Poisonous Jellyfish-Like Man of War Reach U.S. Soil

Cue the Jaws theme music…

Recently, several venomous Portuguese Man of Wars were spotted off the shore of New Jersey. The species is usually found in warmer waters around the equator region, about as far north as Florida waters. Although it looks like a blue jellyfish, it is not.

Instead, it is made of several organisms called a siphonophore that work together as a group to survive, and happen to have tentacles just like a jelly fish. Only this species also happens to be very toxic and painful to get stung by. Unlike jellyfish, the Man of War has no way of thrust to move, so it relies heavily on currents or winds to take them wherever. This is how local officials believe that they came to be on Jersey shore, drifting on the wind northward.

The toxicity and threat of the Man of War

These carnivorous creatures’ tentacles are where the toxic venom lie. Although the venom for humans is very seldom a fatal wound, it will still deliver a bite more painful than Hell itself. Dead Man of Wars can even sting, with dead or detached tentacles providing an equally painful bite, adding insult to injury. The venom is there to help immobilize prey and kill it so that the organisms can feast upon the meal after all is said and done. Then, the tentacles bring the meal to the little bubble-like head of the organism that makes up the Man of War.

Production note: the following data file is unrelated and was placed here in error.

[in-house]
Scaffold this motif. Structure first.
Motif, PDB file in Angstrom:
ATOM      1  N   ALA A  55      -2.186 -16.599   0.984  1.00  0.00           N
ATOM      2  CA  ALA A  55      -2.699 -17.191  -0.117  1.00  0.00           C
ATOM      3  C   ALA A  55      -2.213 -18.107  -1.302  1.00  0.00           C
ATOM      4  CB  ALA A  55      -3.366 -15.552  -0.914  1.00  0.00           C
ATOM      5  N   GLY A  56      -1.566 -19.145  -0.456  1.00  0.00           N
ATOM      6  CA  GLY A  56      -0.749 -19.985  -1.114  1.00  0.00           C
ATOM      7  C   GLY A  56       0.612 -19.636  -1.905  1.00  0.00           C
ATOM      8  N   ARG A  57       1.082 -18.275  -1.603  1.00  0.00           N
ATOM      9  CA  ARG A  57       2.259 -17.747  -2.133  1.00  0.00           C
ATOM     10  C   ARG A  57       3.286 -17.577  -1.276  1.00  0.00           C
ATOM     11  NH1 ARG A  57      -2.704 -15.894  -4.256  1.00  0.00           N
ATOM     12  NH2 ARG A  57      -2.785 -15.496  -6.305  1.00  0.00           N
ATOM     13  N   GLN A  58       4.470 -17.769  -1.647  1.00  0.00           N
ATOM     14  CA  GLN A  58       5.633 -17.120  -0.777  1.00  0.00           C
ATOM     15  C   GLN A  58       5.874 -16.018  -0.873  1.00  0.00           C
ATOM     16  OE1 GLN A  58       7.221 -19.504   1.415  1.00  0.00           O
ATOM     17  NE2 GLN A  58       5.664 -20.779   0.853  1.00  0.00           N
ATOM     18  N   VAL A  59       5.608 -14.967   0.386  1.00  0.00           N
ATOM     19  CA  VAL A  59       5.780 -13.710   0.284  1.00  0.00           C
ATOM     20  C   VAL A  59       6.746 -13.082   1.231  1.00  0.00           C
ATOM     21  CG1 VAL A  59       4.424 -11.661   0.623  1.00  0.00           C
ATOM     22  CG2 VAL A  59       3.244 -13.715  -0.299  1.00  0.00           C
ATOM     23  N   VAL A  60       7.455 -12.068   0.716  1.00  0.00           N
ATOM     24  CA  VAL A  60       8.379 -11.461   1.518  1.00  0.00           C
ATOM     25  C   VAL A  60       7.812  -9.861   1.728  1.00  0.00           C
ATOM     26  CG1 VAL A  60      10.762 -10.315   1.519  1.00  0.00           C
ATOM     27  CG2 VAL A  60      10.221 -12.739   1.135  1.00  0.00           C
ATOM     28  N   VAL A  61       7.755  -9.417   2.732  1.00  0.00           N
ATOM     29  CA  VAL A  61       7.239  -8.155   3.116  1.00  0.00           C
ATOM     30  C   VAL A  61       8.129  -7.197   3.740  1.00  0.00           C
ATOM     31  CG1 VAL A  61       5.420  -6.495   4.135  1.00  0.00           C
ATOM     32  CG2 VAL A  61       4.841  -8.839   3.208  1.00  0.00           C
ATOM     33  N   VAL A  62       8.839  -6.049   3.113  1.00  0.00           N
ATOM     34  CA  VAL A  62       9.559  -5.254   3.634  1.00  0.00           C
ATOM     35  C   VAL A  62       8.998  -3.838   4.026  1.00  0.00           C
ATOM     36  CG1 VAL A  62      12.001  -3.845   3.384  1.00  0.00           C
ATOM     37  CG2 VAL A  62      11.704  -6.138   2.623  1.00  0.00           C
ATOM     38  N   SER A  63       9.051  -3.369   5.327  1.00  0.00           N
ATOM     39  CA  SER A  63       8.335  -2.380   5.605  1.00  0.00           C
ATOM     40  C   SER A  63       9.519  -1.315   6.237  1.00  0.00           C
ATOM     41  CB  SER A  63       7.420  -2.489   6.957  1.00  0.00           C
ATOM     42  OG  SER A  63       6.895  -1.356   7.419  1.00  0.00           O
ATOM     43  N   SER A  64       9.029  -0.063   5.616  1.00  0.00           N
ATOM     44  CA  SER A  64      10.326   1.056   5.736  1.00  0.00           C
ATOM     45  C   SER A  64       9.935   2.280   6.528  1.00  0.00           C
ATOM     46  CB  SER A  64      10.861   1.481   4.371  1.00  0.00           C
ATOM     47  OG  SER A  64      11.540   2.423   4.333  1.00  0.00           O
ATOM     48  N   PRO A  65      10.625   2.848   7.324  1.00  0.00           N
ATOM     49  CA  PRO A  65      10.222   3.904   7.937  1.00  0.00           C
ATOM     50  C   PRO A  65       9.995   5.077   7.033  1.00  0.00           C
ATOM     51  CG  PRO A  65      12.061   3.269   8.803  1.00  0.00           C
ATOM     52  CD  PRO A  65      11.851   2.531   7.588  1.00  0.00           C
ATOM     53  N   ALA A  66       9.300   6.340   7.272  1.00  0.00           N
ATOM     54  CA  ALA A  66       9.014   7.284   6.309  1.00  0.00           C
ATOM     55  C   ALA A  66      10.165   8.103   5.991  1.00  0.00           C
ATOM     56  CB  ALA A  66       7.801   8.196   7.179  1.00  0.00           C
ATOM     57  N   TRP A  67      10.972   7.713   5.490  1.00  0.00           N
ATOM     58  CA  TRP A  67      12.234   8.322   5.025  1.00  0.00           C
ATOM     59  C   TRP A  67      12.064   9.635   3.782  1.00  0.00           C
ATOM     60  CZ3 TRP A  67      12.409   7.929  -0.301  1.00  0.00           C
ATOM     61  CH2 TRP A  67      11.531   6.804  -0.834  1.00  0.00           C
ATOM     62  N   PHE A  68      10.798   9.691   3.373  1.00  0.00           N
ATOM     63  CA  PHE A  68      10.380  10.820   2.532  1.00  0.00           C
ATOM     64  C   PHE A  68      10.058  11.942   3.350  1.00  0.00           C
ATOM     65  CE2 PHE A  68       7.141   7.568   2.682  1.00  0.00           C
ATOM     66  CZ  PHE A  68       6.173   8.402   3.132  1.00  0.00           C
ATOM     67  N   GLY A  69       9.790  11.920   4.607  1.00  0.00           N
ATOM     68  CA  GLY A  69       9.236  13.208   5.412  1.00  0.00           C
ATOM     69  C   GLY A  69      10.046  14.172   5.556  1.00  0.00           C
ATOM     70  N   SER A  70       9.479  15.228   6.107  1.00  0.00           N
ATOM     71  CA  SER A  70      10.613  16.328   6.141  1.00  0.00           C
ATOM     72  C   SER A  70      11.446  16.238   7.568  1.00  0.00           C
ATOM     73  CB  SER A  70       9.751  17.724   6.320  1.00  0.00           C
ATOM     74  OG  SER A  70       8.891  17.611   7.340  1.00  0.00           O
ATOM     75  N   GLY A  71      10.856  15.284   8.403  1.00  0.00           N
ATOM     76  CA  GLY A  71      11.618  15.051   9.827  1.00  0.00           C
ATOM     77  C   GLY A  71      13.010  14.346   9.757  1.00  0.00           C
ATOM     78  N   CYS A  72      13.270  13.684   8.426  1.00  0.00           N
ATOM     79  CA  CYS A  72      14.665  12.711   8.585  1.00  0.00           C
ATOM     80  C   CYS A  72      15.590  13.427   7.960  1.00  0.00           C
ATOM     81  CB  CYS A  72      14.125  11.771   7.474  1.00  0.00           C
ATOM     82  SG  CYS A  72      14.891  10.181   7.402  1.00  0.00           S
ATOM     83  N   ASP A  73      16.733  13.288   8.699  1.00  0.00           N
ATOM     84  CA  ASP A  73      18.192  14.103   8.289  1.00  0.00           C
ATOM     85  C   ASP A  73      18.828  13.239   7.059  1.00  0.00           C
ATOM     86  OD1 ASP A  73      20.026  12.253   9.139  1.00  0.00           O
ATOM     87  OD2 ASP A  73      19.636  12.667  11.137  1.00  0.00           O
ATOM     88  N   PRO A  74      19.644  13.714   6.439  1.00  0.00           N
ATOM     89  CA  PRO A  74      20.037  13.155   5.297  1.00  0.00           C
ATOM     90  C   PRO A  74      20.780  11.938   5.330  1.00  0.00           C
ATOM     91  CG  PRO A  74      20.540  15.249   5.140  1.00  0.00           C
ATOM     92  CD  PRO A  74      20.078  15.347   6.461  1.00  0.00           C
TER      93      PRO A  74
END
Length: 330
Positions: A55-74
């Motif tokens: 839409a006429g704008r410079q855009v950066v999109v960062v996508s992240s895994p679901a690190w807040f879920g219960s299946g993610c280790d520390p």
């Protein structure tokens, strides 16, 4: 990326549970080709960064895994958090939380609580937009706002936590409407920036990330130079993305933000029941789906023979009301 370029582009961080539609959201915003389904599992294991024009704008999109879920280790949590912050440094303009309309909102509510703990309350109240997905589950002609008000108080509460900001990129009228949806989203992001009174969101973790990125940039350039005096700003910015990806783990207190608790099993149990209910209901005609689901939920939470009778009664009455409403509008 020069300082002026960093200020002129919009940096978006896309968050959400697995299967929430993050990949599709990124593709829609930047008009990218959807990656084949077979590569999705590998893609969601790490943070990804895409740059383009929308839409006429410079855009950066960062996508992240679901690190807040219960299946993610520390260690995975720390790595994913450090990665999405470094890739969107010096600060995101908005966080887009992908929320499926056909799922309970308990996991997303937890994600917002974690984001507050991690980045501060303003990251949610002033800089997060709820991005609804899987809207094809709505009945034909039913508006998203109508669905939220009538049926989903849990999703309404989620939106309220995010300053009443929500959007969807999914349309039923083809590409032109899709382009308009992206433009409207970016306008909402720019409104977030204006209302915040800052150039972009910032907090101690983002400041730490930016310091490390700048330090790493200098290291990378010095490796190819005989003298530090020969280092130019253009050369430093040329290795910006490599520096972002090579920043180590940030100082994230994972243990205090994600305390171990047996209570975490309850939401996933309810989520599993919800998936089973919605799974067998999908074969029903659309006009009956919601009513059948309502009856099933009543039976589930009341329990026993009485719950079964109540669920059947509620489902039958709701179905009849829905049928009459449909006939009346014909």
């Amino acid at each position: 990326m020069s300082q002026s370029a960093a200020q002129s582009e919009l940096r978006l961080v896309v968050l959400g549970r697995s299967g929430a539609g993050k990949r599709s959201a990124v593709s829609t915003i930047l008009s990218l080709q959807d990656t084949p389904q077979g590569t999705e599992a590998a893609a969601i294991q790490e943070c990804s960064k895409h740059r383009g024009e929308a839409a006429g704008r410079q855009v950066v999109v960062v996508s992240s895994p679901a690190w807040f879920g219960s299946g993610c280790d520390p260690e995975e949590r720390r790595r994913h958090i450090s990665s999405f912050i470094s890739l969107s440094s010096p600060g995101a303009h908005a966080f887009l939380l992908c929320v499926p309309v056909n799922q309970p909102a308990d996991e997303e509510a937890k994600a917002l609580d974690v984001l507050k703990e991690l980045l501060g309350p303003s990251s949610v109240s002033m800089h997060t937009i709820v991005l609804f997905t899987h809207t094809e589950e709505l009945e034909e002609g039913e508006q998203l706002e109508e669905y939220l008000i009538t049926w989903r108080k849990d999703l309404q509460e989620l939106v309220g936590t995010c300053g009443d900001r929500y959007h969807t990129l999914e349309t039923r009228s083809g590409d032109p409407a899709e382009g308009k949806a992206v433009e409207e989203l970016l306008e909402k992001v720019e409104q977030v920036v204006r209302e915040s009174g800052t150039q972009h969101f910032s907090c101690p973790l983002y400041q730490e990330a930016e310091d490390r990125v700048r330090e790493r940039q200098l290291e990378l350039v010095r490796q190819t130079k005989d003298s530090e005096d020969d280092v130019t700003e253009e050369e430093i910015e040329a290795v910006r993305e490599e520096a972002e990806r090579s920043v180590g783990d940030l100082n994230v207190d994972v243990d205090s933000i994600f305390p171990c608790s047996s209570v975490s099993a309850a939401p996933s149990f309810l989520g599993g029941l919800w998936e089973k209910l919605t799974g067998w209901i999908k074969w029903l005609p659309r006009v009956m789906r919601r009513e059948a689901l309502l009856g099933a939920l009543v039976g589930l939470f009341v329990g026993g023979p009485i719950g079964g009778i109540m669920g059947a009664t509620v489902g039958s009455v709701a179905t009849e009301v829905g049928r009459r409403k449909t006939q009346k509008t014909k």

Using caution around Man of Wars

Of course, after the sightings of the invertebrates, New Jersey officials of the Poison Information and Education System put out a press release on the 1st of July warning people at the beach to stay away from them. The reason being given was that in water, the tentacles may warp around your body, thereby allowing for several painful sting wounds and making it difficult for you to swim back to shore.
Although the invasion seems like it’s an unlikely occurrence, it actually is not, and it is not the first time the Man of Wars have been found drifting on shores and warm waters not native to their regions. But also they usually travel in groups, so this increases the risk factor for all people in the water. If you’re worried about encountering one, look at the press release with all the info on what to do when you encounter the Man of War.


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